Last week, the Office of Foreign Asset Control of the U.S. Department of the Treasury (“Treasury”) added seven high-ranking Russian government officials and 17 Russian business entities to the Specially Designated National and Blocked Person List (“SDN List”) pursuant to authorization granted by Executive Order 13661, the details of which we discussed previously.  Treasury stated in a press release that Russia has refused to “take concrete steps to deescalate the situation in Ukraine” and has taken “illegitimate and unlawful actions” to destabilize Ukraine.

Any assets of the individuals and entities added to the SDN List that are within U.S. jurisdiction must be frozen.  Any transactions by U.S. persons or within the United States involving the individuals and entities added to the SDN List are prohibited without a license or license exception issued by OFAC.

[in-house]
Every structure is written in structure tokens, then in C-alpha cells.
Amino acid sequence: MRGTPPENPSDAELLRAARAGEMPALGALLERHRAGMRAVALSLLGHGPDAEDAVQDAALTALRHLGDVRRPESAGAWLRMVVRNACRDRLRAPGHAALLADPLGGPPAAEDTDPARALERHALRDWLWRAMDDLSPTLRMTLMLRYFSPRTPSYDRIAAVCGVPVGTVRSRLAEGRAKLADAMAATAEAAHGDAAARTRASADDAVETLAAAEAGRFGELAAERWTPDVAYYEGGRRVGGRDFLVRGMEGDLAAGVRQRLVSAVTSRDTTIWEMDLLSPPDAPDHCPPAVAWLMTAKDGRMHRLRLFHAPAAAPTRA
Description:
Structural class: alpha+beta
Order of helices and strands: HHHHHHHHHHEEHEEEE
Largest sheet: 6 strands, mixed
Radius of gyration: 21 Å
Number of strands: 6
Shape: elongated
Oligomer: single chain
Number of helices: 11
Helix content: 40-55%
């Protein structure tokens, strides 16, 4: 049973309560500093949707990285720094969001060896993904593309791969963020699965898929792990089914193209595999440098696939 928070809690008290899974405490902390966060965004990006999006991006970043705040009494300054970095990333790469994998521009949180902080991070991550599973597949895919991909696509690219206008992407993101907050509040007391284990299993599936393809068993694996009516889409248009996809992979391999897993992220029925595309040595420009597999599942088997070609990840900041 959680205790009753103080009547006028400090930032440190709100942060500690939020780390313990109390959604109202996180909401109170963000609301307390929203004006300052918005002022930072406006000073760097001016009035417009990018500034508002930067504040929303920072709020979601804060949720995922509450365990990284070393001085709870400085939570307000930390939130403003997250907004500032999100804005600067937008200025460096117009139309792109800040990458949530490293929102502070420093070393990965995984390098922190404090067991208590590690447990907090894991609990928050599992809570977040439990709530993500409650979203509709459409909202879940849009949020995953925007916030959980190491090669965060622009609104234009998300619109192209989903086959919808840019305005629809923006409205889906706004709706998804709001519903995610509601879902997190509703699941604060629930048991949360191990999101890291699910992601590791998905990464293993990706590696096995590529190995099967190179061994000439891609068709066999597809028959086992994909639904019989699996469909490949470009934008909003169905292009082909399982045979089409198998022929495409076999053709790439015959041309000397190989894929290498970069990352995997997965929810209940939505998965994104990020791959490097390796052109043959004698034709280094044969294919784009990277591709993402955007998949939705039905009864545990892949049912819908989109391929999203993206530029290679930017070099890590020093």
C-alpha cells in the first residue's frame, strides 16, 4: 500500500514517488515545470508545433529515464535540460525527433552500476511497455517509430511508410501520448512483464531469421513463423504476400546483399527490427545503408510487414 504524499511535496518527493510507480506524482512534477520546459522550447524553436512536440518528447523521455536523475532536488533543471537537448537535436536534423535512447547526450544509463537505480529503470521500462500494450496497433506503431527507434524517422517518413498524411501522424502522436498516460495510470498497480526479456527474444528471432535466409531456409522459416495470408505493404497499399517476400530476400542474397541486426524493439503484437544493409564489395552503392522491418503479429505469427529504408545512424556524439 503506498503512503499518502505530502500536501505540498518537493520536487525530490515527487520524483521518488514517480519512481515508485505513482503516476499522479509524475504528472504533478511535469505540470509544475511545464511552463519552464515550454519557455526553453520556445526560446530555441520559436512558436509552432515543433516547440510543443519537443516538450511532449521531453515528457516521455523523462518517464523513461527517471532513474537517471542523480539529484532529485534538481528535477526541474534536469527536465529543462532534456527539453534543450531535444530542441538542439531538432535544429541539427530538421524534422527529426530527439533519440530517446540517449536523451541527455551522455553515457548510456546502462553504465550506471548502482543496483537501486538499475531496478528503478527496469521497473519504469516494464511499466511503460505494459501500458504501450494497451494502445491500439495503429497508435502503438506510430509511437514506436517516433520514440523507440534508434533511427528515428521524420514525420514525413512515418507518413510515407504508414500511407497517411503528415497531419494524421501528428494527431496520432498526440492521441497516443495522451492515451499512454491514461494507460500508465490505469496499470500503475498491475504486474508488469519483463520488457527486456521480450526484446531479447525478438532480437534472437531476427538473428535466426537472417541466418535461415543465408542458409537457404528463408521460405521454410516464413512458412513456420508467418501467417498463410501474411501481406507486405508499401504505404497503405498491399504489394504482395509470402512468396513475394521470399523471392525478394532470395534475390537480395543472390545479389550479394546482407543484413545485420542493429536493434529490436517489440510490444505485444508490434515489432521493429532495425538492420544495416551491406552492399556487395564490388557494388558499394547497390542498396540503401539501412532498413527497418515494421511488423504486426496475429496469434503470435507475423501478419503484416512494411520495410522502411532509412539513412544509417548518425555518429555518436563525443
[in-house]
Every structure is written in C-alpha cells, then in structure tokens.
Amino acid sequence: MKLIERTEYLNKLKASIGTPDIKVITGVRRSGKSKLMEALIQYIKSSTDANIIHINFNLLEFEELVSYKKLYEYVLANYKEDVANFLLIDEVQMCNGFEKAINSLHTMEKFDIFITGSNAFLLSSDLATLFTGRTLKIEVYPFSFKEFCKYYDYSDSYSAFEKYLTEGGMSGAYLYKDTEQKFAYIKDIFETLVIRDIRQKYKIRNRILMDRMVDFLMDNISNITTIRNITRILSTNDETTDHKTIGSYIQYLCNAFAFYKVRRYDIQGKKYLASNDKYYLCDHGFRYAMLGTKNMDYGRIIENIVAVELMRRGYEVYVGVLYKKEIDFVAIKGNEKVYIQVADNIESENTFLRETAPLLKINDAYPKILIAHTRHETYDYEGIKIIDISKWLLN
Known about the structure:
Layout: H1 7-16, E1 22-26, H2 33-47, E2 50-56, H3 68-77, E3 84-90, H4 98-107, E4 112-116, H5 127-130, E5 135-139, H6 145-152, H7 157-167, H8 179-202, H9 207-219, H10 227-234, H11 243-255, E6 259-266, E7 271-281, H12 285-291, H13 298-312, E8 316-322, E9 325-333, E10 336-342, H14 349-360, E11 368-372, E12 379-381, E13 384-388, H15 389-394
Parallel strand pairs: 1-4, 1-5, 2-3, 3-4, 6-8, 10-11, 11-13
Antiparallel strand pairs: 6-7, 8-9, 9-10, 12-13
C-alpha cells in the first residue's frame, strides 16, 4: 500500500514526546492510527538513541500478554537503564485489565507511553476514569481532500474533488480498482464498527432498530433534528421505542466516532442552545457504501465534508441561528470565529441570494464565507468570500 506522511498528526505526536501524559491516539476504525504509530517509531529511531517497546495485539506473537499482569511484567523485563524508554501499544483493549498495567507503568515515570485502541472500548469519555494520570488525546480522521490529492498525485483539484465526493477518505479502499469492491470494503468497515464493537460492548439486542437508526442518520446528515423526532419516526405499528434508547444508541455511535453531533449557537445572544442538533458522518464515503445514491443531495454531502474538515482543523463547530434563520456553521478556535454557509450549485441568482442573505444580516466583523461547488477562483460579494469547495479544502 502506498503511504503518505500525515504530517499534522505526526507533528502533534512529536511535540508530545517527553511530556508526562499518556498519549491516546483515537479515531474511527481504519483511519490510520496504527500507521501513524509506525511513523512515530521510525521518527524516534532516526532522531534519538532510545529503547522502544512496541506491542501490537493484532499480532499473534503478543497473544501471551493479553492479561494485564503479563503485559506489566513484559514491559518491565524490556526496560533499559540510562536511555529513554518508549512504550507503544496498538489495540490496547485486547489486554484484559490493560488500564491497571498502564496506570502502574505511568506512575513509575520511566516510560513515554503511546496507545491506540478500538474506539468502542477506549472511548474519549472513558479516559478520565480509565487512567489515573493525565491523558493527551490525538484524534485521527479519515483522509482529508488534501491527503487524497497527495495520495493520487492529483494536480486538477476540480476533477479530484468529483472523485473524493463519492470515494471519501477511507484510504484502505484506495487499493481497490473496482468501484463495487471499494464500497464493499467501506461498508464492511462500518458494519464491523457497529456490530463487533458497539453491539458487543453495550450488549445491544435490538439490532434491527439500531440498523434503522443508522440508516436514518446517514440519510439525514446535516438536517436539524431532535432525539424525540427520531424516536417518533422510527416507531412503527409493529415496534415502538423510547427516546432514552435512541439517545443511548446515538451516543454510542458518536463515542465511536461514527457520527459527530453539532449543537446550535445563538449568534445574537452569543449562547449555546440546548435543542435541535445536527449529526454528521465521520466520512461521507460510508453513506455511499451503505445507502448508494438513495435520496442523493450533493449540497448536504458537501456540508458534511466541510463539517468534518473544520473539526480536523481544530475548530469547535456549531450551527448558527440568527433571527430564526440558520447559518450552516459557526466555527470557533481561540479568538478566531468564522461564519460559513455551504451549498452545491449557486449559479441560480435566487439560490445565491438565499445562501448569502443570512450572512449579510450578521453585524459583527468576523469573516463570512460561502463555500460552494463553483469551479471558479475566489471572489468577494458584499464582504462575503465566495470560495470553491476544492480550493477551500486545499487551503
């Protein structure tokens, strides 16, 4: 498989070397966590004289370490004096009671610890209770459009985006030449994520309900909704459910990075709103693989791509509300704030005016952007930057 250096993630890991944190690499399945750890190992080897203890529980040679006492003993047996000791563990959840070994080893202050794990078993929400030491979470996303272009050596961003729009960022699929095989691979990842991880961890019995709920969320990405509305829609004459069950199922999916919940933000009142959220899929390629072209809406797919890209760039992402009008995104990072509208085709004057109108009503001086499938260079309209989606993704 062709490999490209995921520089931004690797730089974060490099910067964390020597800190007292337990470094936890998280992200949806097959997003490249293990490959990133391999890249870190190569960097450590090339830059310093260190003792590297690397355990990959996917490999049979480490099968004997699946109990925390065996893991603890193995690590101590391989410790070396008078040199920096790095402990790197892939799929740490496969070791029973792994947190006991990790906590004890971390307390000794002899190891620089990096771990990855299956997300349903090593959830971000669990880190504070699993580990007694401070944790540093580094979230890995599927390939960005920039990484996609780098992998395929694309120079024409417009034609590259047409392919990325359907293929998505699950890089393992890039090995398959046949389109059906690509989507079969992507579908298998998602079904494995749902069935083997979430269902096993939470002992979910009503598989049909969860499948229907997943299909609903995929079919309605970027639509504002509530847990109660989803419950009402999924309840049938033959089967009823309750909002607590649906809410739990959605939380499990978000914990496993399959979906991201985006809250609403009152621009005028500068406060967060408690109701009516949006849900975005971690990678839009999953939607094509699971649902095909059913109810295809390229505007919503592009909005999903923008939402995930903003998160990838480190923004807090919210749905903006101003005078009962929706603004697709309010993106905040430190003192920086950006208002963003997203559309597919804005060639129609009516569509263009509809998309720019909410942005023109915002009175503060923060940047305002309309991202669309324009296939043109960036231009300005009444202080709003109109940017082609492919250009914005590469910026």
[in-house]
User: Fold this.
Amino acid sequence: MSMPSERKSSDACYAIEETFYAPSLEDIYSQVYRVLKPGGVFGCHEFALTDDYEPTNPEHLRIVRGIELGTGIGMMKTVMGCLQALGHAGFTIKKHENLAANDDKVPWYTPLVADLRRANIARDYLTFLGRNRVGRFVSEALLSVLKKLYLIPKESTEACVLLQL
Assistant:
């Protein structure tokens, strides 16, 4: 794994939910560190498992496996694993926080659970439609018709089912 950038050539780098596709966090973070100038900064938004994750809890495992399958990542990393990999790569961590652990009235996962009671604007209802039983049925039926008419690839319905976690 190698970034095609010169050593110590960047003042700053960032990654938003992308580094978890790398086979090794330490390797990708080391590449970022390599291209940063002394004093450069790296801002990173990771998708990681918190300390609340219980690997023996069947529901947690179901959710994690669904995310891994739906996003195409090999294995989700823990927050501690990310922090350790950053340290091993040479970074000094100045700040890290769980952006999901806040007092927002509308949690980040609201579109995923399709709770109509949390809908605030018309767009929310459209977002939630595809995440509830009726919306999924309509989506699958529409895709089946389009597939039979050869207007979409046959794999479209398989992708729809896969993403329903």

With Russian troops massing on Russia’s border with Ukraine, the continued occupation of Crimea, and escalating violence between the separatist pro-Russian forces and the Government of Ukraine, Treasury stated the latest round of sanctions is aimed at imposing “increasing costs on Russia” and “will hold Russia accountable for its provocative actions.”

In a recent speech given before his meeting with foreign minister of the Democratic Republic of Congo, U.S. Secretary of State John Kerry stated that Russia should withdraw its support for the separatist or face “the reality of sector sanctions.”  As discussed previously, the Treasury has the authority pursuant to Executive Order 13662 to impose sanctions on “key sectors” of the Russian economy, such as financial services, energy, metals and mining, engineering, and defense and related material.